Please use this identifier to cite or link to this item:
|Title:||Star-shaped cationic polymers by atom transfer radical polymerization from β-cyclodextrin cores for nonviral gene delivery|
|Authors:||Xu, F.J. |
|Citation:||Xu, F.J., Zhang, Z.X., Ping, Y., Li, J., Kang, E.T., Neon, K.G. (2009-02-09). Star-shaped cationic polymers by atom transfer radical polymerization from β-cyclodextrin cores for nonviral gene delivery. Biomacromolecules 10 (2) : 285-293. ScholarBank@NUS Repository. https://doi.org/10.1021/bm8010165|
|Abstract:||Cationic polymers with low cytotoxicity and high transfection efficiency have attracted considerable attention as nonviral carriers for gene delivery. Herein, well-defined and star-shaped CDPD consisting of β-CD cores and P(DMAEMA) arms, and CDPDPE consisting of CDPD and P(PEGEEMA) end blocks (where CD = cyclodextrin, P(DMAEMA) = poly(2-(dimethylamino)ethyl methacrylate), P(PEGEEMA) = poly(poly(ethylene glycol)ethyl ether methacrylate)) for gene delivery were prepared via atom transfer radical polymerization (ATRP) from the bromoisobutyryl-terminated β-CD core. The CDPD and CDPDPE exhibit good ability to condense plasmid DNA (pDNA) into 100-200 nm size nanoparticles with positive zeta potentials of 25-40 mV at nitrogen/phosphate (N/P) ratios of 10 or higher. CDPD and CDPDPE exhibit much lower cytotoxicity and higher gene transfection efficiency than high molecular weight P(DMAEMA) homopolymers. A comparison of the transfection efficiencies between CDPD and P(DMAEMA) homopolymer indicates that the unique star-shaped architecture involving the CD core can enhance the gene transfection efficiency. In addition to reducing cytotoxicity, the introduction of a biocompatible P(PEGEEMA) end block to the P(DMAEMA) arms in CDPDPE can further enhance the gene transfection efficiency. © 2009 American Chemical Society.|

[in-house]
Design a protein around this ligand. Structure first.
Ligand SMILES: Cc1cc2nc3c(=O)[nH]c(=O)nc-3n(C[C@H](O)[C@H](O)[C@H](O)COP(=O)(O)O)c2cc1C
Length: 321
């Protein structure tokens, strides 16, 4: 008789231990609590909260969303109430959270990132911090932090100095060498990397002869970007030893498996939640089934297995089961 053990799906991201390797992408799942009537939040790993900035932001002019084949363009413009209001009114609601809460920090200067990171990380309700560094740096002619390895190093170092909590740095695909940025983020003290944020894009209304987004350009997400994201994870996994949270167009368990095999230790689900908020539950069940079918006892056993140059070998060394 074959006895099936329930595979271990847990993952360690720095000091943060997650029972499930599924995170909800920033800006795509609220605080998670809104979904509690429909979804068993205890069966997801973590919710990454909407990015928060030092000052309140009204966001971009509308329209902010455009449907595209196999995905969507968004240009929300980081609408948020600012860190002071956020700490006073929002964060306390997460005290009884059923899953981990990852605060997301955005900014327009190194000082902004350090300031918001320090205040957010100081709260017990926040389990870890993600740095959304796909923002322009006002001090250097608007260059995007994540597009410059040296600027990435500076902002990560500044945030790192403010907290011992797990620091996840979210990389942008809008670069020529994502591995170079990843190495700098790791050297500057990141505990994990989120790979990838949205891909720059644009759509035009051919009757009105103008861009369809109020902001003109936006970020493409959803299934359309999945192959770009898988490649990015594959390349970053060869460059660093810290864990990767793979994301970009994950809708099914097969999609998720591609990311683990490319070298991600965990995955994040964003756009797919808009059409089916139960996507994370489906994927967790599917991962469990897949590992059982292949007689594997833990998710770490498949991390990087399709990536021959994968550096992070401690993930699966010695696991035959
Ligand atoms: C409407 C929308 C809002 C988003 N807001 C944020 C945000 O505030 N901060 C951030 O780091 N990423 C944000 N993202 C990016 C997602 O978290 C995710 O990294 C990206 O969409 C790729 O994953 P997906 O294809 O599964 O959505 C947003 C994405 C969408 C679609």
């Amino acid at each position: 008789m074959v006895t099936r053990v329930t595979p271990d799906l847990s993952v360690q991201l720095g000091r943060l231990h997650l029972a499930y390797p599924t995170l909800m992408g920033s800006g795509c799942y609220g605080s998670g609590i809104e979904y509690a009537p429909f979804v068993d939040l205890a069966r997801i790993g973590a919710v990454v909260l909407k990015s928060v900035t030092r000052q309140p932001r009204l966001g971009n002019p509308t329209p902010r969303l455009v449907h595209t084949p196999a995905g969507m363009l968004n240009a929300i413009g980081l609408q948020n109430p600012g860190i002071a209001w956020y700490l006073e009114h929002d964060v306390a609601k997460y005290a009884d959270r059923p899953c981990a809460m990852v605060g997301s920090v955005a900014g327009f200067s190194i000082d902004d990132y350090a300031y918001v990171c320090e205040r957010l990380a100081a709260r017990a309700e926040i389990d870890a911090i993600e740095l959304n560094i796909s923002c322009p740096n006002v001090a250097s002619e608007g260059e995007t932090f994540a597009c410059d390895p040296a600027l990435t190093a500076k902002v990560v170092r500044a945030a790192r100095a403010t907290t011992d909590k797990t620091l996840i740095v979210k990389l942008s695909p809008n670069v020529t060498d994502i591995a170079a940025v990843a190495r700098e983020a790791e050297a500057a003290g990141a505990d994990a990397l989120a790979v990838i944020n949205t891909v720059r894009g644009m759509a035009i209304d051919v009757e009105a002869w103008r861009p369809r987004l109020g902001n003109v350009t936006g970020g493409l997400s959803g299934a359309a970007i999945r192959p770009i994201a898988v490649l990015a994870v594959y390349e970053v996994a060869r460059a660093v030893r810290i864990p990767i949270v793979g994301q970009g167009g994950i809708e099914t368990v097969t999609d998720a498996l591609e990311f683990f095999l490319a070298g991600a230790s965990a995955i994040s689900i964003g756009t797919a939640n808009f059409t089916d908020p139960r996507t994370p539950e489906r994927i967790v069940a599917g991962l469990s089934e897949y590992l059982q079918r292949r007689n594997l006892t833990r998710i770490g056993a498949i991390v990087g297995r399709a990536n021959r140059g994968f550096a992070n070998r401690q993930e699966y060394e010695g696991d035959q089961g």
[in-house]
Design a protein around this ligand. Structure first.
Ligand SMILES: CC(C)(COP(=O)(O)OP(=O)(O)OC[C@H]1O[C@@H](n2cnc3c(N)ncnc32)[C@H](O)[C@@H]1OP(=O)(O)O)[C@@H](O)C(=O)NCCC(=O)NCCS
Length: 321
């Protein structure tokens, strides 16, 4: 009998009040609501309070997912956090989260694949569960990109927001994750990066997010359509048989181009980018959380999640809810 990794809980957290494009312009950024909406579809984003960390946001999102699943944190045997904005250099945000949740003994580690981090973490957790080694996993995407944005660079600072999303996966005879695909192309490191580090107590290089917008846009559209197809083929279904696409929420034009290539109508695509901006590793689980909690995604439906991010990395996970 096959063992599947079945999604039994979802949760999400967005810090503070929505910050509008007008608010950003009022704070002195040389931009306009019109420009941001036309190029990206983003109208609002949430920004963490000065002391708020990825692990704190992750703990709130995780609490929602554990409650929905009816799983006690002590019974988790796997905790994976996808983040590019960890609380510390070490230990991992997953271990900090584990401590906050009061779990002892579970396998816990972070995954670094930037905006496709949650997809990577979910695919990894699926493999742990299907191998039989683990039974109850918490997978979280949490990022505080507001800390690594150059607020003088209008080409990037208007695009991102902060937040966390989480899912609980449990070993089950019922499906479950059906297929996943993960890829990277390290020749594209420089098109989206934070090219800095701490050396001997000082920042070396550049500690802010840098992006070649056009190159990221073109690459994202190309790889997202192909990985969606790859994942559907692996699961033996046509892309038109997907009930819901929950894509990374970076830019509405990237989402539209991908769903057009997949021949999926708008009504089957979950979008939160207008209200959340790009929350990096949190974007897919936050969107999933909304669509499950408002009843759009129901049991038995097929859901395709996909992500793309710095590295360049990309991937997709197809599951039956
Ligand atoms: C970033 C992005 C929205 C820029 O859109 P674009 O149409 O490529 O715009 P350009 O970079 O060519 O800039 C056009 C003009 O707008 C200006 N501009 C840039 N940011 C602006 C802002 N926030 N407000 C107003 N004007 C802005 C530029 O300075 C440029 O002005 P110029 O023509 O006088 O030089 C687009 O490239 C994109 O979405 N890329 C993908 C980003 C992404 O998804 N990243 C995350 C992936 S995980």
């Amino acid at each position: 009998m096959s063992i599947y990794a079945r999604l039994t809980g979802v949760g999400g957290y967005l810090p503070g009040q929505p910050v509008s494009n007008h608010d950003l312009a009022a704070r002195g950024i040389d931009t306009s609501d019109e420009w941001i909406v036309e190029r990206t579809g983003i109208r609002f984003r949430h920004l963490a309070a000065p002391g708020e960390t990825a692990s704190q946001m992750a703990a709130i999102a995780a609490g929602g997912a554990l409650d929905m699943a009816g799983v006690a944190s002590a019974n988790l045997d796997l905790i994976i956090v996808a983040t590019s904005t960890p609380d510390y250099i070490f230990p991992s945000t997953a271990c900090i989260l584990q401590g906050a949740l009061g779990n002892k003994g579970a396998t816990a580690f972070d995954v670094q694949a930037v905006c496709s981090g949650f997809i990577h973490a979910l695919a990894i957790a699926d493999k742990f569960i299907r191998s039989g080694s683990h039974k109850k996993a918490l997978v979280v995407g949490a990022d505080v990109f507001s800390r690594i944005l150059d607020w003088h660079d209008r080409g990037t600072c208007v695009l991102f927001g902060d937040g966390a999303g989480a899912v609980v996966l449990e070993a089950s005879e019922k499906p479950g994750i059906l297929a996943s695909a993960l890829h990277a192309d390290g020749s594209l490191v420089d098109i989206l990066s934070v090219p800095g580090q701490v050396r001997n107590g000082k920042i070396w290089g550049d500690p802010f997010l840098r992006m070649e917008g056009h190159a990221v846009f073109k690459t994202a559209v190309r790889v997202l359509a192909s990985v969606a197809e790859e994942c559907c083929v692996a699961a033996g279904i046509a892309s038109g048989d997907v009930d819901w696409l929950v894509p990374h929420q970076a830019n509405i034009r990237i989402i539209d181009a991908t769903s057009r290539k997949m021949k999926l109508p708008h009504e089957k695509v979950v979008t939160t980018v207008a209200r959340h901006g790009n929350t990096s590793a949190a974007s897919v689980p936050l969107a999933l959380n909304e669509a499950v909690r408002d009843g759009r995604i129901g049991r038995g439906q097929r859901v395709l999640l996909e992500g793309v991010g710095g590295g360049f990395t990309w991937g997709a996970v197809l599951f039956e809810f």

|Appears in Collections:||Staff Publications|
Show full item record
Files in This Item:
There are no files associated with this item.
checked on Feb 14, 2019
WEB OF SCIENCETM
checked on Feb 5, 2019
checked on Dec 22, 2018
Items in DSpace are protected by copyright, with all rights reserved, unless otherwise indicated.